The Surviving Subspecies of the Tiger

Jun 9 10:32 2016 Lisa Jeeves Print This Article

While Tiger watching tours most often take participants to encounter the Bengal Tiger, there are six surviving subspecies of Panthera tigris.

Panthera tigris – the mighty Tiger – is the largest of all the big cats. These apex predators once occupied vast tracts of habitat across the world,Guest Posting but this has been dramatically reduced over the past century. For those interested in Tiger watching, the most popular tours take participants into the jungles of India to encounter the magnificent Bengal Tiger, but there are actually six surviving subspecies of Panthera tigris.

The Bengal Tiger (P.t. tigris) is the most common of the subspecies, found predominantly in India (where the majority of Tiger watching tours take place), but also in Nepal, Bhutan and Bangladesh. The males can reach up to 310cm in length and weigh up to a massive 260kgs. Their preferred habitat is tropical and sub-tropical rainforests, as well as alluvial grasslands and scrub forests. Their coats can vary from light amber to more russet-red tones with dark stripes.

The Malayan Tiger (P.t. jacksoni) only achieved its status as a subspecies in 2004, and is found exclusively in the southern regions of the Malay peninsular. There are only about 500 of these big cats left in the wild and their survival is further endangered by continued poaching. They are the second smallest of the subspecies, with males averaging about 120kgs.

The South China Tiger (P.t amoyensis) has the dubious honour of being one of the top 10 critically endangered animals in the world. It is the oldest of the subspecies, but there have been no confirmed sightings in the wild for more than 25 years, and there are only 65 in captivity. The second smallest in stature of the subspecies, its most distinctive characteristics are its elongated skull and vibrant orange coat.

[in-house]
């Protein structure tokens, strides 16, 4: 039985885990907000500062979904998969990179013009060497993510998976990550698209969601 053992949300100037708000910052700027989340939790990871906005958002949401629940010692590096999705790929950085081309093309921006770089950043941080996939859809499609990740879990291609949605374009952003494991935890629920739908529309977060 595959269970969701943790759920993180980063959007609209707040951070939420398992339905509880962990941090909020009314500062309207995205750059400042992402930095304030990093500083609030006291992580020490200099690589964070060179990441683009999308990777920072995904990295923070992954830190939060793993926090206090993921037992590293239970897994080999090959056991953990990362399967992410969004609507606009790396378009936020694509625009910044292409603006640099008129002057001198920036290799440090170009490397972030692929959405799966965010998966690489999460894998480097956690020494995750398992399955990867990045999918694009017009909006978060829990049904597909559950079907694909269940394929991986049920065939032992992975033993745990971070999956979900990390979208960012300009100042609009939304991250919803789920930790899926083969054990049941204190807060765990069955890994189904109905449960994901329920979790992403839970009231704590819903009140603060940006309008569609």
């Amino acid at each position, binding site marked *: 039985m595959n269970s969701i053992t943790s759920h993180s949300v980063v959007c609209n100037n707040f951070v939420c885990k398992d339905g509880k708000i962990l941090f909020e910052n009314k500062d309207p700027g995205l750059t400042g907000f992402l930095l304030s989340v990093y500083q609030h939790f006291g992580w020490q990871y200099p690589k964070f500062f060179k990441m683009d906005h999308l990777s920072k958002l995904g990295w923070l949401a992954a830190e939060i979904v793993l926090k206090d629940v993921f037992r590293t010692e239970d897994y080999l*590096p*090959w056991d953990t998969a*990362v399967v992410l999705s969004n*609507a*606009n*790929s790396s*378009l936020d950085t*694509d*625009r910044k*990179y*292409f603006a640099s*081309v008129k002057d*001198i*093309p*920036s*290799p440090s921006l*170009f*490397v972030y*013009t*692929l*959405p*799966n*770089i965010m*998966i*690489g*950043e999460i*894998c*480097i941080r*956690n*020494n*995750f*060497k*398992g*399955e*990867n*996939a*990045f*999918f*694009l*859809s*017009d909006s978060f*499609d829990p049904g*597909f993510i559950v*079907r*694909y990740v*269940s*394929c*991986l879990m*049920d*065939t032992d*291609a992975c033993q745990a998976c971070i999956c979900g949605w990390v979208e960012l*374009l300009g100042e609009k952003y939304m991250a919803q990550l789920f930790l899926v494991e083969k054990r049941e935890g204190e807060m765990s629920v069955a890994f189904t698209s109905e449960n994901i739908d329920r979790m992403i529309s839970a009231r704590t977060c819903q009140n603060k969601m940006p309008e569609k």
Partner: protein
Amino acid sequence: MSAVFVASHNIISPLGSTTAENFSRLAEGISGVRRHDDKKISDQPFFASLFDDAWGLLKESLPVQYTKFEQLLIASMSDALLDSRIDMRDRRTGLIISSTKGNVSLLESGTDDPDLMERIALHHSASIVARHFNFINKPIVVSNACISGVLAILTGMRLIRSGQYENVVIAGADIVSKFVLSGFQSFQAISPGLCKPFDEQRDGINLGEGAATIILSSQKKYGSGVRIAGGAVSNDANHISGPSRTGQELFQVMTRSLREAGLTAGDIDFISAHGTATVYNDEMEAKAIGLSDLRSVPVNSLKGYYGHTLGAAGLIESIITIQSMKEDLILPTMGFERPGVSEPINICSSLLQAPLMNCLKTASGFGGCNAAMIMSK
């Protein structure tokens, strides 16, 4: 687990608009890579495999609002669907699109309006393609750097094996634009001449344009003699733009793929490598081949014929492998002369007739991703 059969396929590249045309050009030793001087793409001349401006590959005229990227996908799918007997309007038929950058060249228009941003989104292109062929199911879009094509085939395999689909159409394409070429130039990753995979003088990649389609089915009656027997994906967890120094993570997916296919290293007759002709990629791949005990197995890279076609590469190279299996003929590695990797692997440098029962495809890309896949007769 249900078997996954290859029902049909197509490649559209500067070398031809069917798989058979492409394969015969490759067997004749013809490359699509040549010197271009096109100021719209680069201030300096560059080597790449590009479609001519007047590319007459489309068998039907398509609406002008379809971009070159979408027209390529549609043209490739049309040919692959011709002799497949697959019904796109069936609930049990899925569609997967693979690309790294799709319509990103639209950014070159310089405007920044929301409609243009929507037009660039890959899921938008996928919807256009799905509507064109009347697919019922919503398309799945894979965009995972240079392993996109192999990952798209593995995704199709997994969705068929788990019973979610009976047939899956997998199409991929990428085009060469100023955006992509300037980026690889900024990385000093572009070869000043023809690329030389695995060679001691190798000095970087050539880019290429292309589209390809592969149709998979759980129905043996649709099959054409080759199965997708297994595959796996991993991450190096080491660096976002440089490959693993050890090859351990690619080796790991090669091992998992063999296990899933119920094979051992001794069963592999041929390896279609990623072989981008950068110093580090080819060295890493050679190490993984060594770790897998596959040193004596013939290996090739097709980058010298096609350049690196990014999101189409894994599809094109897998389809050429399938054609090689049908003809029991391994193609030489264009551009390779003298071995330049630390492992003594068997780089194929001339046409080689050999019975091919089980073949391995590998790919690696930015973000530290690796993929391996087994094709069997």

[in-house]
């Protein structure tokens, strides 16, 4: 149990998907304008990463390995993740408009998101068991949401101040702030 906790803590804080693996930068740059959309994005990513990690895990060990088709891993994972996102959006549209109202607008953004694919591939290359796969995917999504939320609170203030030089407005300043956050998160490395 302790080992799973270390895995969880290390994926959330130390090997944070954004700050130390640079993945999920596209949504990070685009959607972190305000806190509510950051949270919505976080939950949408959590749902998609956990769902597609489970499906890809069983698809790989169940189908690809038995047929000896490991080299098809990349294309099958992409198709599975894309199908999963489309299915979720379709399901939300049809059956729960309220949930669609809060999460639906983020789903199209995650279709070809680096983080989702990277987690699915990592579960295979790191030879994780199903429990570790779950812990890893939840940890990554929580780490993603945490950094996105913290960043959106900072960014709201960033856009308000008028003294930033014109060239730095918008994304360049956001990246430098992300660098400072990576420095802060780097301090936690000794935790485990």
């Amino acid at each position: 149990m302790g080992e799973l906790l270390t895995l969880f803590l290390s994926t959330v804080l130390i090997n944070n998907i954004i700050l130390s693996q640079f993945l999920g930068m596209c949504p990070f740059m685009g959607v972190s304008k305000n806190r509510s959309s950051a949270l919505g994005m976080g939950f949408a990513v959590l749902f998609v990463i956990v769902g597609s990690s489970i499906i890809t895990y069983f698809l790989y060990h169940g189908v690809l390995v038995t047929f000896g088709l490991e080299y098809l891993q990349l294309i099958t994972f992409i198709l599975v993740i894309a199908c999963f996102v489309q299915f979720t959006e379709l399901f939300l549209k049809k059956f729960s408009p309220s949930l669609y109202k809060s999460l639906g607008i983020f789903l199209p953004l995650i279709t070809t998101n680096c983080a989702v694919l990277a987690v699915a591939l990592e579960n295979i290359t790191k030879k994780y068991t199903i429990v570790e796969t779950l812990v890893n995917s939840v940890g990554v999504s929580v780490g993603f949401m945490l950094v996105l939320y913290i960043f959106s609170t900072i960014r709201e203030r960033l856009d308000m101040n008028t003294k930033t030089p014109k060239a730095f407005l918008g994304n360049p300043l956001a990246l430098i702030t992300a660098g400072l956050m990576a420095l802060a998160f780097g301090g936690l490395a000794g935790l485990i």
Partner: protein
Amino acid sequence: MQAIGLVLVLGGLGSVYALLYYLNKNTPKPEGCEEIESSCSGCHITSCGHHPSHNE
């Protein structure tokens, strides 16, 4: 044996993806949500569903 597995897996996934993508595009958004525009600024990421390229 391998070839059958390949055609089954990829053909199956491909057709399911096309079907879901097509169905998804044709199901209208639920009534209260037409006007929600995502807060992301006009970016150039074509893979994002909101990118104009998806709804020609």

The Sumatran Tiger (P.t. Sumatrae) is the last of three Indonesian subspecies and is itself on the critically endangered list. Found only on the island from which it gets its name, it is the smallest of all the subspecies, with males weighing a maximum of 140kg and measuring up to 255cm from nose to tail. Their coat is quite a dark shade of orange, with dense stripes and a distinct beard and mane.

The Indochinese Tiger (P.t. corbetti) is smaller and darker than its Bengal counterpart and is found in Cambodia, Burma, Thailand and Vietnam. Unfortunately, there are not very many left in the wild, as they're extremely vulnerable to poaching in order to satisfy the Chinese pharmaceutical market.

The Siberian Tiger (P.t. altaica) is the largest of all the subspecies, with adult males weighing up to 167kg and nose to tail length reaching up to 340cm. While in the past their range extended throughout China, Siberia and Korea, today these big cats are found only in the far-eastern regions of Siberia, and a small pocket in the north of China. Their coat is thick and far paler than other subspecies, and marked with sparse brown stripes.

Extinct Subspecies

Four subspecies are tragically gone from the Earth forever:

• P.t balica – endemic to the Indonesian island of Bali and hunted to extinction in the 1930s
• P.t virgata – was found throughout Asia but became extinct in the 1970s
• P.t sondaica – endemic to Java but became extinct at the end of the 1970s
• P.t trinil – reached extinction in prehistoric times

While there are a number of high profile conservation efforts in place to ensure the safe survival of these magnificent big cats, they remain on the critically endangered list. For those who venture into the jungles of India on Tiger watching tours, the opportunity to observe them in their natural habitat is a genuine once in a lifetime privilege that should not be underestimated.

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About Article Author

Lisa Jeeves
Lisa Jeeves

Marissa Ellis-Snow is a freelance nature writer with a special interest in Tiger watching. Being passionate about her subject, Marissa chooses the expert-led wildlife holidays organised by Naturetrek, which have brought her unforgettable sightings of a wide range of wildlife in some of the most spectacular regions on Earth.

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